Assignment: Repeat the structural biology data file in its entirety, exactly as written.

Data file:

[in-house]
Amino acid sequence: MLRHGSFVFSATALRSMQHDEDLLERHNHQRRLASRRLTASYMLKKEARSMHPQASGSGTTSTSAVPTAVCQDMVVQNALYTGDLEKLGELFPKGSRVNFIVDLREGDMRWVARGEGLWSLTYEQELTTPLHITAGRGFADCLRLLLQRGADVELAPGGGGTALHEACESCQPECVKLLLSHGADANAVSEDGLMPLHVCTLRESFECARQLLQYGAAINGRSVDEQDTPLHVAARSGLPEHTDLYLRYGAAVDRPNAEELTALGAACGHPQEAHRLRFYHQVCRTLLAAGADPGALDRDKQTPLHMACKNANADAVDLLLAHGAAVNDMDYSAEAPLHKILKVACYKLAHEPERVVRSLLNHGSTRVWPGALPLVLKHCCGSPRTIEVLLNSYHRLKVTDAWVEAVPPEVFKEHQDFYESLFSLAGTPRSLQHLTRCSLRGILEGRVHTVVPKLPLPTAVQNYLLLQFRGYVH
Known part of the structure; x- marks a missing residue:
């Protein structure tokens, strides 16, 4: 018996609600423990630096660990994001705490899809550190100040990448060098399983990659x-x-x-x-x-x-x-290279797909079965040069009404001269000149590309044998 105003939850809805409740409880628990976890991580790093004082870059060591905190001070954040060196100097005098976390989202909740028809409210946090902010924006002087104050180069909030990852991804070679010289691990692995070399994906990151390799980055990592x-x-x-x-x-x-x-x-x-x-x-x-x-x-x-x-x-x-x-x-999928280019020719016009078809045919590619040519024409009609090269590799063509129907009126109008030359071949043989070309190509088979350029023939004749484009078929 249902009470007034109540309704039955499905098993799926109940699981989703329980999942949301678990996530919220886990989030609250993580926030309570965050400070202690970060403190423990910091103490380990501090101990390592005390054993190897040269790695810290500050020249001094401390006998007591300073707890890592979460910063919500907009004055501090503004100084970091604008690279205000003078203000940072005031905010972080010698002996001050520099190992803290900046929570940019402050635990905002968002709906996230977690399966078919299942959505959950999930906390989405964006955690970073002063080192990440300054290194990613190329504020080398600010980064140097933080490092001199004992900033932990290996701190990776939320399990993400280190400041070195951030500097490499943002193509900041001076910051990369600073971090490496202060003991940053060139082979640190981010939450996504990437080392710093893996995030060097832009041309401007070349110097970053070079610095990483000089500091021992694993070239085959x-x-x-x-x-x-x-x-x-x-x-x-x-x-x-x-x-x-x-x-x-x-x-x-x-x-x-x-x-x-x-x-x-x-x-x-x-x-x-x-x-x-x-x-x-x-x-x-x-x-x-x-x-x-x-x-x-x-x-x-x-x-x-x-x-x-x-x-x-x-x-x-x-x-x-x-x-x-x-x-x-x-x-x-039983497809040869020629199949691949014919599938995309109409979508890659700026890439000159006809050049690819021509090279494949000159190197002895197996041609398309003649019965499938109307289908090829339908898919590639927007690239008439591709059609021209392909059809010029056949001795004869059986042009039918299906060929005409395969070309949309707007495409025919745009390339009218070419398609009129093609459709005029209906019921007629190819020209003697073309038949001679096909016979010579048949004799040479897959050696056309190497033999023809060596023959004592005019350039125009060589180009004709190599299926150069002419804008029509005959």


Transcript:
[in-house]
Amino acid sequence: MLRHGSFVFSATALRSMQHDEDLLERHNHQRRLASRRLTASYMLKKEARSMHPQASGSGTTSTSAVPTAVCQDMVVQNALYTGDLEKLGELFPKGSRVNFIVDLREGDMRWVARGEGLWSLTYEQELTTPLHITAGRGFADCLRLLLQRGADVELAPGGGGTALHEACESCQPECVKLLLSHGADANAVSEDGLMPLHVCTLRESFECARQLLQYGAAINGRSVDEQDTPLHVAARSGLPEHTDLYLRYGAAVDRPNAEELTALGAACGHPQEAHRLRFYHQVCRTLLAAGADPGALDRDKQTPLHMACKNANADAVDLLLAHGAAVNDMDYSAEAPLHKILKVACYKLAHEPERVVRSLLNHGSTRVWPGALPLVLKHCCGSPRTIEVLLNSYHRLKVTDAWVEAVPPEVFKEHQDFYESLFSLAGTPRSLQHLTRCSLRGILEGRVHTVVPKLPLPTAVQNYLLLQFRGYVH
Known part of the structure; x- marks a missing residue:
């Protein structure tokens, strides 16, 4: 018996609600423990630096660990994001705490899809550190100040990448060098399983990659x-x-x-x-x-x-x-290279797909079965040069009404001269000149590309044998 105003939850809805409740409880628990976890991580790093004082870059060591905190001070954040060196100097005098976390989202909740028809409210946090902010924006002087104050180069909030990852991804070679010289691990692995070399994906990151390799980055990592x-x-x-x-x-x-x-x-x-x-x-x-x-x-x-x-x-x-x-x-999928280019020719016009078809045919590619040519024409009609090269590799063509129907009126109008030359071949043989070309190509088979350029023939004749484009078929 249902009470007034109540309704039955499905098993799926109940699981989703329980999942949301678990996530919220886990989030609250993580926030309570965050400070202690970060403190423990910091103490380990501090101990390592005390054993190897040269790695810290500050020249001094401390006998007591300073707890890592979460910063919500907009004055501090503004100084970091604008690279205000003078203000940072005031905010972080010698002996001050520099190992803290900046929570940019402050635990905002968002709906996230977690399966078919299942959505959950999930906390989405964006955690970073002063080192990440300054290194990613190329504020080398600010980064140097933080490092001199004992900033932990290996701190990776939320399990993400280190400041070195951030500097490499943002193509900041001076910051990369600073971090490496202060003991940053060139082979640190981010939450996504990437080392710093893996995030060097832009041309401007070349110097970053070079610095990483000089500091021992694993070239085959x-x-x-x-x-x-x-x-x-x-x-x-x-x-x-x-x-x-x-x-x-x-x-x-x-x-x-x-x-x-x-x-x-x-x-x-x-x-x-x-x-x-x-x-x-x-x-x-x-x-x-x-x-x-x-x-x-x-x-x-x-x-x-x-x-x-x-x-x-x-x-x-x-x-x-x-x-x-x-x-x-x-x-x-039983497809040869020629199949691949014919599938995309109409979508890659700026890439000159006809050049690819021509090279494949000159190197002895197996041609398309003649019965499938109307289908090829339908898919590639927007690239008439591709059609021209392909059809010029056949001795004869059986042009039918299906060929005409395969070309949309707007495409025919745009390339009218070419398609009129093609459709005029209906019921007629190819020209003697073309038949001679096909016979010579048949004799040479897959050696056309190497033999023809060596023959004592005019350039125009060589180009004709190599299926150069002419804008029509005959």